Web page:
5D: Have you ever dissected a preserved cadaver in anatomy class? That stench you remember is the smell of formaldehyde used to preserve it. Formaldehyde is an aldehyde a class of molecules we will discuss along with its cousin the ketone. We will discuss their formation as well as how they interact in various chemical reactions as we walk through some real-world examples.
5D: If you’ve ever walked through the wards of a hospital, you’ve probably noticed dozens of alcohol-based hand sanitizer dispensers, which quickly clean the hands of healthcare workers between seeing patients. Alcohols serve many other functions. You will gain a strong understanding of the nomenclature, properties and reactions of alcohols and phenols, along with the criteria for determining aromaticity in heterocyles. By the way, if you’re wondering where the term “aromaticity” comes from, many of the earliest aromatic compounds, like benzene and toluene, were noted to have pleasant odors, and the name for this structural class has stuck ever since.
5D: Have you ever used vinegar to make succulent barbecue wings? Then carboxylic acids are your friends. Vinegar, also known as acetic acid, is one of the simplest carboxylic acids. You will discover the important nomenclature, properties, and reactions of carboxylic acids in this tutorial.
5D: As the name would suggest, carboxylic acid derivatives are quite similar to carboxylic acids in their structure and function. If you’ve ever used soap to wash your hand, you have experienced firsthand (pun intended!) the lavatory effects of an ester, one of the many classes of carboxylic acid derivatives. In this tutorial, we will discuss the important nomenclature, properties, and reactions of carboxylic acids.
5D - The multitude of reactions within our cells are sped up by enzymes. Without these biomolecules, these biochemical pathways would be as slow as a turtle. For instance, without enzymes, your body may never be able to break down and absorb the hamburger you just had for lunch. The hamburger would simply sit there, a lump in your stomach, until reactions slowly started to happen on their own - enzymes speed that up!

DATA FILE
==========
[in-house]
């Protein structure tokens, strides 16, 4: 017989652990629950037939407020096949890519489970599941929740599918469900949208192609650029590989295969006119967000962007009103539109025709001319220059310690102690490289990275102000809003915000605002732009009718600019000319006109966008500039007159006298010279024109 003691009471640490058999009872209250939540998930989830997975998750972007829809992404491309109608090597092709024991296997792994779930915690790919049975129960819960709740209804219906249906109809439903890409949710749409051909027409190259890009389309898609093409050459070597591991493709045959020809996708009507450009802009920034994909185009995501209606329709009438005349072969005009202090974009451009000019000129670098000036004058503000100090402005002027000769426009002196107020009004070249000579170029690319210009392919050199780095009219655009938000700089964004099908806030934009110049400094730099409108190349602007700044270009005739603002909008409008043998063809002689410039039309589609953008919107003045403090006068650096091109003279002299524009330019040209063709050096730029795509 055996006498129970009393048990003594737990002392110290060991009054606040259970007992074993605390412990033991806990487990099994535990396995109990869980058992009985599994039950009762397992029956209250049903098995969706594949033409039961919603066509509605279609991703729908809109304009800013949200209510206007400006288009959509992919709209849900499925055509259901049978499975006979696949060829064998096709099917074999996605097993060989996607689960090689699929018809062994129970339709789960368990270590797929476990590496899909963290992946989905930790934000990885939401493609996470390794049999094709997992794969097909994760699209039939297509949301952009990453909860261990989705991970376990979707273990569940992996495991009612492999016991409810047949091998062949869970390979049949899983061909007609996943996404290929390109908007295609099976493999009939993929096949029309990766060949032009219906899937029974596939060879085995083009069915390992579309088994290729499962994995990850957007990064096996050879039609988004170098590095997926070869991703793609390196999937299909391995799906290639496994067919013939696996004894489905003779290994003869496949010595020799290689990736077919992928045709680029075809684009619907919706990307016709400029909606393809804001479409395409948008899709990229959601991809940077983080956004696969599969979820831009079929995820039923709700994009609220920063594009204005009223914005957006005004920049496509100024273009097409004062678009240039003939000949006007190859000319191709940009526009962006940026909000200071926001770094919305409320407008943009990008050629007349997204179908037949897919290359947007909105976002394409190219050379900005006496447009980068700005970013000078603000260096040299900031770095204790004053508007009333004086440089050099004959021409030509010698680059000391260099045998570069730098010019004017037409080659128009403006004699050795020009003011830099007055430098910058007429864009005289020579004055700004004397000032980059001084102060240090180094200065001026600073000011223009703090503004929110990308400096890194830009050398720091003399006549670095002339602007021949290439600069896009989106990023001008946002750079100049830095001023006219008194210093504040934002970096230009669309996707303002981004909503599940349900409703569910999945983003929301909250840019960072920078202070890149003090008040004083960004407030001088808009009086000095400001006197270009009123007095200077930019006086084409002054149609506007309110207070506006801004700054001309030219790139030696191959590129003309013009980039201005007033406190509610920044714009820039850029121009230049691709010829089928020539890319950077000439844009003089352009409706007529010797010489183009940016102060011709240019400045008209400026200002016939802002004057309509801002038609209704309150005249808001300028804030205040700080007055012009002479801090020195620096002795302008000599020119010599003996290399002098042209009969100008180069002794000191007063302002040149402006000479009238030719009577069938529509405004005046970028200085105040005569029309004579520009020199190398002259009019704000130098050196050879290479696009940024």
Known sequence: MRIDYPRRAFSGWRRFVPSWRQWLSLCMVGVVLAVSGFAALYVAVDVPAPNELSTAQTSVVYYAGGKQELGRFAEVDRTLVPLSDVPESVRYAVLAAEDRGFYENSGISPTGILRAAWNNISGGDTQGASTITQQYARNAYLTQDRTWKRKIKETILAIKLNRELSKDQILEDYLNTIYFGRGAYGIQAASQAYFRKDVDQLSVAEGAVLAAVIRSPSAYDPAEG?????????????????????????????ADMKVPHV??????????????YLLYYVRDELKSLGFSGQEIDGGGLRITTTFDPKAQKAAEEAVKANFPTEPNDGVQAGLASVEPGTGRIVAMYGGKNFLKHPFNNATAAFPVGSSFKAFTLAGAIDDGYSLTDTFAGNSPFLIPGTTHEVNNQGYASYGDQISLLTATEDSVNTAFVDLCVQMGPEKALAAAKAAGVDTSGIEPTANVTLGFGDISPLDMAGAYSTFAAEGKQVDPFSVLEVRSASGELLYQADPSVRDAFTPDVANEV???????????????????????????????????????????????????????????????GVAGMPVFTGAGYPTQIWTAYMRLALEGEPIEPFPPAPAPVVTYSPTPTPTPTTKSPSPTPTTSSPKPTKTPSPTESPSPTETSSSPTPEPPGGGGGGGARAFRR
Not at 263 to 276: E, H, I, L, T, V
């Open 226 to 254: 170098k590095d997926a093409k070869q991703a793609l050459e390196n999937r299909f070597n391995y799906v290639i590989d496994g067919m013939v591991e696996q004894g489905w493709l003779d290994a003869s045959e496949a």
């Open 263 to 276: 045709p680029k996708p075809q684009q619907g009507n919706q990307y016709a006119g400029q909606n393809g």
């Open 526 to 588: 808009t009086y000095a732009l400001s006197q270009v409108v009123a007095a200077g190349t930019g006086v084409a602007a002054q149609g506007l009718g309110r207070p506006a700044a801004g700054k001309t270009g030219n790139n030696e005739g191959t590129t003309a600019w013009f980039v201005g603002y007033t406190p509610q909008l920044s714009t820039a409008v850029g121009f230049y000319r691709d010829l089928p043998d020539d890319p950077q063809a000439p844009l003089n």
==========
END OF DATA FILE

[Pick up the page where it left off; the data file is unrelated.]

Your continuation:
Chemical reactions are like an assembly line. The right parts have to come together at the right time in order to make the right product. How fast this can occur depends on the slowest step of the process. These videos show how and why different reactions occur at different speeds, and how catalysts - like enzymes in the body - can make reactions happen faster.
The bane of the pharmaceutical industry is that reactions don’t go from 100% reactants to 100% products. They end in equilibrium with each other. Learn how to calculate equilibrium constants and push reactions further towards products by watching these videos!
When a gas gets heated it expands, and this expansion can be used to do work like moving a piston in an combustion engine. These videos cover related topics such as isothermal, isometric, and diabatic processes as well as the laws of thermodynamics.
Wouldn’t it be terrifying if our clothes, food, and houses spontaneously combusted? Molecular bonds store tremendous amounts of energy, but generally are very stable. In order to release the energy, you have to add more first - like applying a match to a firework. These videos will overview standard enthalpy, entropy, and how to find out if a reaction is spontaneous.